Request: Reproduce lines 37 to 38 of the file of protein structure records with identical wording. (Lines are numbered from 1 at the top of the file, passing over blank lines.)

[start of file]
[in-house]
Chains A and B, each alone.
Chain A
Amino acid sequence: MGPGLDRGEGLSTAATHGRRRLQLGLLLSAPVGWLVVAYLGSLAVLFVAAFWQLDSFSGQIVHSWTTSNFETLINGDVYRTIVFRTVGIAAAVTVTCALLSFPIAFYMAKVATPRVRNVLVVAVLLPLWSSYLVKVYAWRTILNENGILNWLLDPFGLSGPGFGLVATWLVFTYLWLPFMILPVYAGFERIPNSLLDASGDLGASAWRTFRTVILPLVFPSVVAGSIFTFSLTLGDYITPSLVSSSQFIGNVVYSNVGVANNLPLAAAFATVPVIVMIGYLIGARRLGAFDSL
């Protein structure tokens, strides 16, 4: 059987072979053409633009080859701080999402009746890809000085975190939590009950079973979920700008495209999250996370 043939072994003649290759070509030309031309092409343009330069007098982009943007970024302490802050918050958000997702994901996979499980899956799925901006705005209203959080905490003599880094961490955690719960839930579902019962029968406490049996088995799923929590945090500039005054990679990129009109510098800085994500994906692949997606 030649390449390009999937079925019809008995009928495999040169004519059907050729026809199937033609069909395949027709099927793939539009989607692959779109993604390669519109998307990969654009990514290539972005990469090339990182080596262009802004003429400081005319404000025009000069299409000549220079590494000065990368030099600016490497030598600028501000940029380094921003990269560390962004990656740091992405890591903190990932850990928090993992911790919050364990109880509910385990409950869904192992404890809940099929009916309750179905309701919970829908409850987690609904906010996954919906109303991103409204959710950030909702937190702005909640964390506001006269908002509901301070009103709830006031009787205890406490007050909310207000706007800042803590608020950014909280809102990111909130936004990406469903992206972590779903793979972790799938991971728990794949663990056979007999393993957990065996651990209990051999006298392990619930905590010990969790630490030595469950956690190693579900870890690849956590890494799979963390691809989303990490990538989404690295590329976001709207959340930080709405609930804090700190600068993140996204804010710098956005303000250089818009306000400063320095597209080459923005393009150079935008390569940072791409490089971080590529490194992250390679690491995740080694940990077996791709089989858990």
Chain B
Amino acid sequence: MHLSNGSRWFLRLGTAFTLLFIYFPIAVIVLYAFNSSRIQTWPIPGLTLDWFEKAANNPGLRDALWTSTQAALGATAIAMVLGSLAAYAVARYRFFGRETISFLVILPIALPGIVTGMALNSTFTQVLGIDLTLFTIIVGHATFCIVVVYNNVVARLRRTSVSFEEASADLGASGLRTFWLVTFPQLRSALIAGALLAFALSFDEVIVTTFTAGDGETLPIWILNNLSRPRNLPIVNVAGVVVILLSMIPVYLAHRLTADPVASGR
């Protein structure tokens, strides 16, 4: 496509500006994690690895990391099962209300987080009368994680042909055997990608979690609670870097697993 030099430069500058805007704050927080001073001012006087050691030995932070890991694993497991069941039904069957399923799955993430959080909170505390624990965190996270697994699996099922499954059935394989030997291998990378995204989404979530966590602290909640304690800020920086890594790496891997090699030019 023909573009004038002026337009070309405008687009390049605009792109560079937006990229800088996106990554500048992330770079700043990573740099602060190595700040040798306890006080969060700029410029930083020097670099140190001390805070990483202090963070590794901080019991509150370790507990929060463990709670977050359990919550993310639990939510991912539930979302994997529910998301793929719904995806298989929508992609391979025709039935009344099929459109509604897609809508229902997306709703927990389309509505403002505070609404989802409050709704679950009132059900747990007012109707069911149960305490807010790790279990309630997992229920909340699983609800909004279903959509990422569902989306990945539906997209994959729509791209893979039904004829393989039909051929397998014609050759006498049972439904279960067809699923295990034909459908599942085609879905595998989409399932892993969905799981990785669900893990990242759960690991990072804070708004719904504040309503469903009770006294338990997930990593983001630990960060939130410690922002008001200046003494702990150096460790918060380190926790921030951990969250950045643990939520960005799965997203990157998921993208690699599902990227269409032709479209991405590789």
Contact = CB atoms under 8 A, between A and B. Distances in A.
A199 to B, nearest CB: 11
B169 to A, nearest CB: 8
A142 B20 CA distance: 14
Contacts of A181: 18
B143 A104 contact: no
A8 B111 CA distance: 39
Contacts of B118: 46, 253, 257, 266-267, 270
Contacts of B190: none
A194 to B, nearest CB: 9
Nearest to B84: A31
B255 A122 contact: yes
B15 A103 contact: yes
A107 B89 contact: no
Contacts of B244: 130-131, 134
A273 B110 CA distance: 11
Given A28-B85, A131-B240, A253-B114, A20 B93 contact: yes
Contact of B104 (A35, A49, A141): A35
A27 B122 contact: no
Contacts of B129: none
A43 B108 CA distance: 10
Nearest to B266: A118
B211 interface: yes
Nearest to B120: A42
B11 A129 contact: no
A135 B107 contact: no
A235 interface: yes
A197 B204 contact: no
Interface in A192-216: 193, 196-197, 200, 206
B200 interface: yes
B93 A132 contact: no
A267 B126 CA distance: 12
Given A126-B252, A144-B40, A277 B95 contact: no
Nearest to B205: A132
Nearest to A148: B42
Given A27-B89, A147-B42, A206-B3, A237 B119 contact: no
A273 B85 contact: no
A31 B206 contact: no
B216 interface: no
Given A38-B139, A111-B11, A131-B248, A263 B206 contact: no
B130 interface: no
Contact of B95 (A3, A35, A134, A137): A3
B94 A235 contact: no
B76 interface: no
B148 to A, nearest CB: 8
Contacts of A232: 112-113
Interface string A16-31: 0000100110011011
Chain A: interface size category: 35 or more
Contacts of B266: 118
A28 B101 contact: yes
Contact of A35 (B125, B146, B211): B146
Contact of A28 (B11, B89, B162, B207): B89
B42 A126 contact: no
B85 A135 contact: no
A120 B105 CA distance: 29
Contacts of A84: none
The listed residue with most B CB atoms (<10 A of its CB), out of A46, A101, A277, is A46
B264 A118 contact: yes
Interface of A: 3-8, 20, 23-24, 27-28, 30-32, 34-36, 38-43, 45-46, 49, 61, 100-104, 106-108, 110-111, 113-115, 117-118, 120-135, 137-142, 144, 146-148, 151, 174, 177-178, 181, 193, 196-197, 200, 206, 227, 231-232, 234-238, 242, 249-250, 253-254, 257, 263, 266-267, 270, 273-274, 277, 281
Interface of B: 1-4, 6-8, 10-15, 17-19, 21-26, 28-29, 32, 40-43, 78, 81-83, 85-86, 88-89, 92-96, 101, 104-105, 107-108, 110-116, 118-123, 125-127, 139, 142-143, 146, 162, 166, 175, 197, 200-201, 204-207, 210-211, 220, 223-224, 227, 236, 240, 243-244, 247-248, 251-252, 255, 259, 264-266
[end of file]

Interface in A192-216: 193, 196-197, 200, 206
B200 interface: yes